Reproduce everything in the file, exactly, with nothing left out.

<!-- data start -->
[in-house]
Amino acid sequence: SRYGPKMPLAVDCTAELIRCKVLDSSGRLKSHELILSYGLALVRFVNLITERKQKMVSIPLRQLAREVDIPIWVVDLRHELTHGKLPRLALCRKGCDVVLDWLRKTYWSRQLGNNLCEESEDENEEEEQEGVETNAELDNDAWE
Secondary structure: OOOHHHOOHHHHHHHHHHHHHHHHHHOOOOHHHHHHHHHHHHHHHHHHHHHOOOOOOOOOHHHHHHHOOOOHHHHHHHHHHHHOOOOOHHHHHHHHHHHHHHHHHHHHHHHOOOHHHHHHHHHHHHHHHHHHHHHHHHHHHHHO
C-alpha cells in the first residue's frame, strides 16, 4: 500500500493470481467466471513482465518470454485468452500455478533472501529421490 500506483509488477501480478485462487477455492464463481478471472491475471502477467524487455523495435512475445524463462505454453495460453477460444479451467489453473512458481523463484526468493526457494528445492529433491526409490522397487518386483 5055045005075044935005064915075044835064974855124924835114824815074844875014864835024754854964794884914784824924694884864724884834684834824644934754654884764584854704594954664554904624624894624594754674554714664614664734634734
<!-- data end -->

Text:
[in-house]
Amino acid sequence: SRYGPKMPLAVDCTAELIRCKVLDSSGRLKSHELILSYGLALVRFVNLITERKQKMVSIPLRQLAREVDIPIWVVDLRHELTHGKLPRLALCRKGCDVVLDWLRKTYWSRQLGNNLCEESEDENEEEEQEGVETNAELDNDAWE
Secondary structure: OOOHHHOOHHHHHHHHHHHHHHHHHHOOOOHHHHHHHHHHHHHHHHHHHHHOOOOOOOOOHHHHHHHOOOOHHHHHHHHHHHHOOOOOHHHHHHHHHHHHHHHHHHHHHHHOOOHHHHHHHHHHHHHHHHHHHHHHHHHHHHHO
C-alpha cells in the first residue's frame, strides 16, 4: 500500500493470481467466471513482465518470454485468452500455478533472501529421490 500506483509488477501480478485462487477455492464463481478471472491475471502477467524487455523495435512475445524463462505454453495460453477460444479451467489453473512458481523463484526468493526457494528445492529433491526409490522397487518386483 5055045005075044935005064915075044835064974855124924835114824815074844875014864835024754854964794884914784824924694884864724884834684834824644934754654884764584854704594954664554904624624894624594754674554714664614664734634734